There seems to be a lot like that in life. I don't remember noticing anything about the town. However, either then or on my next drive up the Valley, when my wife and I drove up to Lake Tahoe for our wedding anniversary inI did spot the old Hotel, and I was unsettled to see the roof broken and the windows empty, as though the building had been abandoned.
Now I learn that there had been a fire inwhich destroyed the second story of the building. The first story remained inhabited for a while. My next drive up the Valley was not until Septemberand I was in Litle a shock. As I drove by Little Lake, I didn't see anything. And if I had wanted to check it out, I didn't see how to get there. So the mystery of the empty space would have to wait. It waited until July I was determined to see what had happened at Little Lake.
Destination s announced the off-ramp for Little Lake. So I got off. I immediately noticed how bad the road was. And then, when I got to the center of town, there was nothing. No buildings.
No ruins. No foundations.
No nothing. There was one large stone on the ground where the Hotel might have been. I couldn't believe it. Stunned and appalled.
What happened? Well, now I learn that the post office closed in And the remaining buildings were demolished some time before Little Lake, where the Hotel had been built inceased to exist.
Unlike other Ghost Towns, like Ryolite, where something of buildings or ruins remains to mark the place, Little Lake has nothing but Litttle decaying street to show it was ever there. Well, it's my own damn fault.
Driving by and not stopping, time and time again, is the very reason why the place withered. I had just seen something of the sort in Nevada, where "Coaldale," marked on the map, had turned out Lihtle be a collection of abandoned and gutted buildings. It certainly didn't help that the highway bypassed Little Lake the way it did. And I now did notice that, northbound, the way to get in to the town was to turn across the median. US there is not a limited access highway, and a bit further north from Little Lake the southbound traffic needs to turn across the median to get to the Rest Stop on the east side of the road.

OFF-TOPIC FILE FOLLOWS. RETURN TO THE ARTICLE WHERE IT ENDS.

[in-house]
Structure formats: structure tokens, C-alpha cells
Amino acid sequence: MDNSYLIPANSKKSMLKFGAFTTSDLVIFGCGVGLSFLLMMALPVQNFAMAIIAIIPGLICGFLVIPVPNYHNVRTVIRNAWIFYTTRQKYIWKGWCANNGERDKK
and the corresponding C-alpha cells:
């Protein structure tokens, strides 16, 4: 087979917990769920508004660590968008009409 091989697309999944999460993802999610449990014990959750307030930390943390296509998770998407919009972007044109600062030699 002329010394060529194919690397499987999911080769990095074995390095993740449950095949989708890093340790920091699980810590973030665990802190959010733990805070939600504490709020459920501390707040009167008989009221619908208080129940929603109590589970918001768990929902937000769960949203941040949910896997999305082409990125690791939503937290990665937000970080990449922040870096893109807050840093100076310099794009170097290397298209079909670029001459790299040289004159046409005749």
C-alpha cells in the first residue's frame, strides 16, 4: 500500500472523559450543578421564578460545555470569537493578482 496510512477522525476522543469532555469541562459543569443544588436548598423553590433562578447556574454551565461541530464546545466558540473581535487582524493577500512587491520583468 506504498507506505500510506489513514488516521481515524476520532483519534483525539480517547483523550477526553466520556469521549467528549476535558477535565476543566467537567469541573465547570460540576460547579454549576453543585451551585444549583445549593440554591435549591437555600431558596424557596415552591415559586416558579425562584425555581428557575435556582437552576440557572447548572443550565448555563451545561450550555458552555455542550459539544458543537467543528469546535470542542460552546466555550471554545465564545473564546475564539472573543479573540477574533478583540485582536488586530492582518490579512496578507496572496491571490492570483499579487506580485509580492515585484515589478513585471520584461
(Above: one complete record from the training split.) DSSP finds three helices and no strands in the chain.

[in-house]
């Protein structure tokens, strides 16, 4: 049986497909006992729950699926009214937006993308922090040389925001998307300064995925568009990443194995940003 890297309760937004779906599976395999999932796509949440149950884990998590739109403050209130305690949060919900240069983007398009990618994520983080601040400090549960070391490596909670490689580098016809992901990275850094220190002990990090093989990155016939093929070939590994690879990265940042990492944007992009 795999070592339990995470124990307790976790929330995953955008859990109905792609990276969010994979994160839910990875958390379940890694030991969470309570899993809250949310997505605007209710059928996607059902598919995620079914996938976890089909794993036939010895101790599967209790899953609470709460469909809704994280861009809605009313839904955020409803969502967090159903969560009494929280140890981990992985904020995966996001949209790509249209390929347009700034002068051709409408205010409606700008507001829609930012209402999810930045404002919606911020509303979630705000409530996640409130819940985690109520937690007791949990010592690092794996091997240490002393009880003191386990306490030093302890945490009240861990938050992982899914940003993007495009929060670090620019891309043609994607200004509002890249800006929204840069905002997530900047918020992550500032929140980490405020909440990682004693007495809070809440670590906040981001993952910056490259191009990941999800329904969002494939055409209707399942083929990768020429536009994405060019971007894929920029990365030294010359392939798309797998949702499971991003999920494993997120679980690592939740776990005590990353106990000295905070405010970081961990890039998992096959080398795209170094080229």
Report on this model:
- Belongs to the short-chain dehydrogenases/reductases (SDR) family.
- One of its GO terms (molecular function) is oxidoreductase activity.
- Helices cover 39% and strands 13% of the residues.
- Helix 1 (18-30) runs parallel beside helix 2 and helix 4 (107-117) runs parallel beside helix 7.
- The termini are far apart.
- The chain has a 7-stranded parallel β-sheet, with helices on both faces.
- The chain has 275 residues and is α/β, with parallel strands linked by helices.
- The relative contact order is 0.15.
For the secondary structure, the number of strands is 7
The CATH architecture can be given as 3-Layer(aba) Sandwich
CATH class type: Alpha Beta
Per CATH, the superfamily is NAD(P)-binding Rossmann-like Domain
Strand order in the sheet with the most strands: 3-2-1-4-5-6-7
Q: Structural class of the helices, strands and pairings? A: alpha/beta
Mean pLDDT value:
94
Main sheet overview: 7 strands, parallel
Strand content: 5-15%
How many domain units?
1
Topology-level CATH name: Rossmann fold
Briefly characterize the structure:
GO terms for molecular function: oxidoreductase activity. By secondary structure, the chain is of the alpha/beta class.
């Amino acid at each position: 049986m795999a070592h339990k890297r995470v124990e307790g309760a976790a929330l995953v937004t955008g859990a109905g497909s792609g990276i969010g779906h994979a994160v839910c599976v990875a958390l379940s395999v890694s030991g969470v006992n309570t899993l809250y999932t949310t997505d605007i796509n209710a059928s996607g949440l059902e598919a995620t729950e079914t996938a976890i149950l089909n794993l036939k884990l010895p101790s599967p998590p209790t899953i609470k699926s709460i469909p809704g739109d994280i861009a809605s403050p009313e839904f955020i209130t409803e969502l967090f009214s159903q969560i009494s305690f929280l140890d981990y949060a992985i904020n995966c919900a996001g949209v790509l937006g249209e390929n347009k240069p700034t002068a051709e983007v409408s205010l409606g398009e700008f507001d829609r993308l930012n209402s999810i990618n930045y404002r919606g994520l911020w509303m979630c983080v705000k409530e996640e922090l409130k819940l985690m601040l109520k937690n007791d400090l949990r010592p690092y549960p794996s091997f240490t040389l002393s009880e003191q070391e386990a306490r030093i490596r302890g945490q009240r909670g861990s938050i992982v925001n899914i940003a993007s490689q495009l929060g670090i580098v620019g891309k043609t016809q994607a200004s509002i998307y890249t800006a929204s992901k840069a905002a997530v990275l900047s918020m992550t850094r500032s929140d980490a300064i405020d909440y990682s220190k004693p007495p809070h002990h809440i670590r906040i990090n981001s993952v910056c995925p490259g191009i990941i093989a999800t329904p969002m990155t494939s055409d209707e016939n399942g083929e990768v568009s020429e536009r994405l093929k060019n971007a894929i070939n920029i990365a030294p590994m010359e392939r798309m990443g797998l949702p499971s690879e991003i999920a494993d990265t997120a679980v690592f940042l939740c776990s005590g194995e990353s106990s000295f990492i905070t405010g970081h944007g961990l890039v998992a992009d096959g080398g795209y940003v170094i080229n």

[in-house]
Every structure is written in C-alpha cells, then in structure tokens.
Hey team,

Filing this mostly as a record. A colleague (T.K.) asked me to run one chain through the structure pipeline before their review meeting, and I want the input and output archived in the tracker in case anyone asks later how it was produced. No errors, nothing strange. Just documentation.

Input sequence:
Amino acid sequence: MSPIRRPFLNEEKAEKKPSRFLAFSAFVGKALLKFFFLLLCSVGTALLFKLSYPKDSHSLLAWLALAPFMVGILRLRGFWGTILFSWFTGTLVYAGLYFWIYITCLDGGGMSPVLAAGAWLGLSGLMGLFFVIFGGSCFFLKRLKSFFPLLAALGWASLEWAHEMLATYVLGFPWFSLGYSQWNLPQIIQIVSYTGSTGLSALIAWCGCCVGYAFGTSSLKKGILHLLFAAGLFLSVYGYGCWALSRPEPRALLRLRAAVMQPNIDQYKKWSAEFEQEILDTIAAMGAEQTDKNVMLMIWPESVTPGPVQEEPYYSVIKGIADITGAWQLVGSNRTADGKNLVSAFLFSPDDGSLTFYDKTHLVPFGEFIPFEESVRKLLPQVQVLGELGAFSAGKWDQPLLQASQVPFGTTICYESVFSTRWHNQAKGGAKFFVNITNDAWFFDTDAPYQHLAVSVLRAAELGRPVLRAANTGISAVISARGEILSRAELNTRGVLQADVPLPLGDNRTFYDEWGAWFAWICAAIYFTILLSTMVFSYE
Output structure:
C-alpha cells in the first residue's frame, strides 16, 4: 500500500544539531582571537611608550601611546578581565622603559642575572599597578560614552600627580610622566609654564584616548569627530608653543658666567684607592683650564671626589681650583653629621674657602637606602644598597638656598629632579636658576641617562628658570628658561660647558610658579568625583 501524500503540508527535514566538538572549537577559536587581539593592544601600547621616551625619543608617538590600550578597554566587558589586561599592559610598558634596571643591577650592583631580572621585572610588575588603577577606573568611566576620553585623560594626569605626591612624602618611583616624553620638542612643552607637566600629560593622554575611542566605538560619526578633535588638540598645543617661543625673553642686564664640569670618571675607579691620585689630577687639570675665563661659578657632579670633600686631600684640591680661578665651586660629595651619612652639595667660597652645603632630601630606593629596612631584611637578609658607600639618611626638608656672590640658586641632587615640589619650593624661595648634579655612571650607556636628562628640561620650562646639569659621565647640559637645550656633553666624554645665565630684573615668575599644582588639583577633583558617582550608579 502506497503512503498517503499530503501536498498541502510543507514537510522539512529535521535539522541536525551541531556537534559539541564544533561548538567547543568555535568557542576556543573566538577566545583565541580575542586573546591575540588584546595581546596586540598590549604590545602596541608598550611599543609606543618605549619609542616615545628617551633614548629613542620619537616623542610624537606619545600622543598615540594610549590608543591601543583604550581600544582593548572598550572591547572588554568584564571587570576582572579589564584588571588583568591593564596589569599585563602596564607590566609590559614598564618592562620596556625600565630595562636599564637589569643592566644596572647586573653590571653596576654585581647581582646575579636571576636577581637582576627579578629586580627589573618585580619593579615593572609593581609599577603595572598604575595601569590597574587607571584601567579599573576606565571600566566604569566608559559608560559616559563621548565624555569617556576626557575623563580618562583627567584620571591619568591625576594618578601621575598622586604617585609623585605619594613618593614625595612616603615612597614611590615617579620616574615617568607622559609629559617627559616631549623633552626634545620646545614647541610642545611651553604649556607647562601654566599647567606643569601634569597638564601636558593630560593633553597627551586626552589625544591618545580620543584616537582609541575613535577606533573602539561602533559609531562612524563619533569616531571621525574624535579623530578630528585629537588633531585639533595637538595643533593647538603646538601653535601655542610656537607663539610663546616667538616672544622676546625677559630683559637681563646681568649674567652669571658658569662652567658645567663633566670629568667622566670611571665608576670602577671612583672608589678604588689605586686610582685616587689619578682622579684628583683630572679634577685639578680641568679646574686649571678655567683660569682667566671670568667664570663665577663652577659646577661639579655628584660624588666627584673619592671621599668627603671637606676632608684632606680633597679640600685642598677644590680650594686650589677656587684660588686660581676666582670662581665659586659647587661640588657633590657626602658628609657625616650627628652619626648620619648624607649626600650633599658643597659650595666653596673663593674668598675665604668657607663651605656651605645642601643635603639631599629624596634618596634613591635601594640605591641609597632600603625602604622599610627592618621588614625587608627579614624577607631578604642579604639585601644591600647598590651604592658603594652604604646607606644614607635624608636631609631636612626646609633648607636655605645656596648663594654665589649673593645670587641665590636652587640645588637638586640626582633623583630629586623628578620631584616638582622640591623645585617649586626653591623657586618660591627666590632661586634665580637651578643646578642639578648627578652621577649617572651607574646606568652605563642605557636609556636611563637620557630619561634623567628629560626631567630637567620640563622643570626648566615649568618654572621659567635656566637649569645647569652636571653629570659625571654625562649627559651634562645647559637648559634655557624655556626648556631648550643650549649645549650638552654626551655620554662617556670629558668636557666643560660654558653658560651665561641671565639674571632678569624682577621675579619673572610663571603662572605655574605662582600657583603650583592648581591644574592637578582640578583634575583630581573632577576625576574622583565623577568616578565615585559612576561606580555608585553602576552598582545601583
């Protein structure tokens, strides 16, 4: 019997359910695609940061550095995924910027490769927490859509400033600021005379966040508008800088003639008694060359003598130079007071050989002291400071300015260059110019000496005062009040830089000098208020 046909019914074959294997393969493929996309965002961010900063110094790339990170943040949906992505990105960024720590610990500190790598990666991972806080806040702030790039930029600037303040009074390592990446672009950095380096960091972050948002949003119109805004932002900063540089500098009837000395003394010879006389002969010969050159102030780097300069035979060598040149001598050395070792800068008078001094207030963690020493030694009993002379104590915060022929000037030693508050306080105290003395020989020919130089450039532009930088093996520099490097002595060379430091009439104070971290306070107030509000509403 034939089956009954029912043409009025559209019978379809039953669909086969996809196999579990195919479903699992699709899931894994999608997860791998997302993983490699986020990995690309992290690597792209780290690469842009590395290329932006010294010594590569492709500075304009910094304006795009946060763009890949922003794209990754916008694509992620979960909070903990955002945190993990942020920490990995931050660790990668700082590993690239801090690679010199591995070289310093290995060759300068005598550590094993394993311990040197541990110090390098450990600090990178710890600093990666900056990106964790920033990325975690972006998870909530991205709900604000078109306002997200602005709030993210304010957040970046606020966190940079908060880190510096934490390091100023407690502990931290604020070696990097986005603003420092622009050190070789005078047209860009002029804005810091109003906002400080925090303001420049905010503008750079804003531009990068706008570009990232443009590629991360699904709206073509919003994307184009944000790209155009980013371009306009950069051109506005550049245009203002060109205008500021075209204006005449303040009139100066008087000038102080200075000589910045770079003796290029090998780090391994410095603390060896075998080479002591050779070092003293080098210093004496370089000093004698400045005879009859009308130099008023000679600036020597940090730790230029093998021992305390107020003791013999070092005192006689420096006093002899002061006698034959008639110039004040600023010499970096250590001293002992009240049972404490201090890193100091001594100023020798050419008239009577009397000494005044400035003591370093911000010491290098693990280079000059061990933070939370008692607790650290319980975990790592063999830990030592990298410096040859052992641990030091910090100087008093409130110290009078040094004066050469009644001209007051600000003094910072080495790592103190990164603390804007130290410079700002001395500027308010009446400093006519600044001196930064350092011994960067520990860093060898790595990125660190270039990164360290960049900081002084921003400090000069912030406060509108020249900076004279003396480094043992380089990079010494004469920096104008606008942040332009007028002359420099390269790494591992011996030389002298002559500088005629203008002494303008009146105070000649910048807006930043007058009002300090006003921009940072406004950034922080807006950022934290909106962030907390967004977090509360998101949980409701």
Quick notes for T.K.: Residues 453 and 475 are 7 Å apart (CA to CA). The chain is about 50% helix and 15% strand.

It looked a bit dangerous, but at least it was well marked. It was not marked lame all at Little Lake, where access was only obvious from the southbound side. My shock at the disappearance of Little Lake goes with a curious counterpoint. After seeing that Hamm's Beer in the Little Lake Hotel so many years ago, and Littlf the conspicuous presence of Hamm's in television commercials at least as late as the 's, I had long been under the impression that Hamm's had ceased to exist.
As it happens, just days before learning the fate of Little Lake, I was at the pizza place run by my cousins in Hermosa, South Dakota.
They were selling Hamm's Beer. In fact, I think that is the first time since becoming an adult that I was able to see, buy, and drink a Hamm's. Although no longer the family owned business of St. Paul, Minnesota, and the pawn of multiple beer business mergers, Hamm's still exists, with its own lxke club and enthusiastic devotees. This does not redeem the death of Little Lake, but it is nice Littpe know that not all memories of childhood are about things that die and disappear.